Researchers at Queen's University in Ontario are testing an old heart drug to treat prostate cancer, according to a press release from Parteq Innovations, the university's not-for-profit technology transfer office. The Phase II clinical trial will test the effectiveness of nitroglycerin on prostate tumors. It builds on previous work done by Queen's University researchers that shows that nitric-oxide-mimicking agents like nitroglycerin are effective in aiding the body's immune system to attack cancer cells, Parteq says. "In 2009 the researchers conducted the world's first-ever clinical trial using low doses of nitroglycerin to treat prostate cancer," the press release adds. "Results of that small study showed that the use of nitroglycerin significantly slowed the progression of the disease in men with recurrence after their original treatment."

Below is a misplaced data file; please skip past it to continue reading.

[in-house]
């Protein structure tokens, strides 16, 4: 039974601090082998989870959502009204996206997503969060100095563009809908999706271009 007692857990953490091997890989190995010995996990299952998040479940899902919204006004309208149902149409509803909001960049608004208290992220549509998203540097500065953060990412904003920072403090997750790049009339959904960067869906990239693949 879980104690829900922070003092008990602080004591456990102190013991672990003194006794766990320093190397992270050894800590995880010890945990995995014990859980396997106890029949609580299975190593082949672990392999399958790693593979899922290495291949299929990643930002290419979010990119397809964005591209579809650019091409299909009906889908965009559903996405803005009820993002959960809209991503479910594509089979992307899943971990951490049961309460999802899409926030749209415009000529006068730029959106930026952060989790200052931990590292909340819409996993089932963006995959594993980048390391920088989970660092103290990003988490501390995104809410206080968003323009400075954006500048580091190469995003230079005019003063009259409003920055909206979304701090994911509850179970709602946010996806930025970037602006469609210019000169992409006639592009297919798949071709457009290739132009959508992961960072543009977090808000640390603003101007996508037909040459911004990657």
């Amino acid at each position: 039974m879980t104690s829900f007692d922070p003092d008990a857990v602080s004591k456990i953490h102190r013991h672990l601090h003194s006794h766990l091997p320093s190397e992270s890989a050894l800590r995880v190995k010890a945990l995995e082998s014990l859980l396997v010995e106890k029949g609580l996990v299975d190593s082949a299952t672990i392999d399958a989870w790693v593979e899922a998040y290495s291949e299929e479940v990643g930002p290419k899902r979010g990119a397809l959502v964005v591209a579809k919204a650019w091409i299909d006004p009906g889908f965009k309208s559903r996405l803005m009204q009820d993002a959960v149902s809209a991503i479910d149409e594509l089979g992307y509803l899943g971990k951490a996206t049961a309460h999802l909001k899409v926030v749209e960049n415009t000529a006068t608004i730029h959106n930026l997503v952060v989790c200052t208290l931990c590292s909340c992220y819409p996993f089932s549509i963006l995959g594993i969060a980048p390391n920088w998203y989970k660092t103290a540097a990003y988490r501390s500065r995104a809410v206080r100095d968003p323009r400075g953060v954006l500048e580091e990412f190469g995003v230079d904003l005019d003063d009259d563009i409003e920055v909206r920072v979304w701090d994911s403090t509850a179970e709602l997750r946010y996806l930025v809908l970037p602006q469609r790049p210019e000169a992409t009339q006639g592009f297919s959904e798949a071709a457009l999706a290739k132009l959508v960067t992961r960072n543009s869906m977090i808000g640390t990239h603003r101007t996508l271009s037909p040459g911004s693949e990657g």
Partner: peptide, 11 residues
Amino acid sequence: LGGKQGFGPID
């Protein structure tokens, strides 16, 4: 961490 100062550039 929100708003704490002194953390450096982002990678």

In more recent work, the researchers determined that low doses of the heart medication inhibit an enzyme produced by cancer cells that make them resistant to immune attacks. "This new study will test the therapeutic benefits of low-dose nitroglycerin on men with early, recurrent prostate cancer. The one-year trial, using a noninvasive skin patch, aims to enroll 60 patients, who will be randomly selected to be treated with either the drug or a placebo," Parteq says.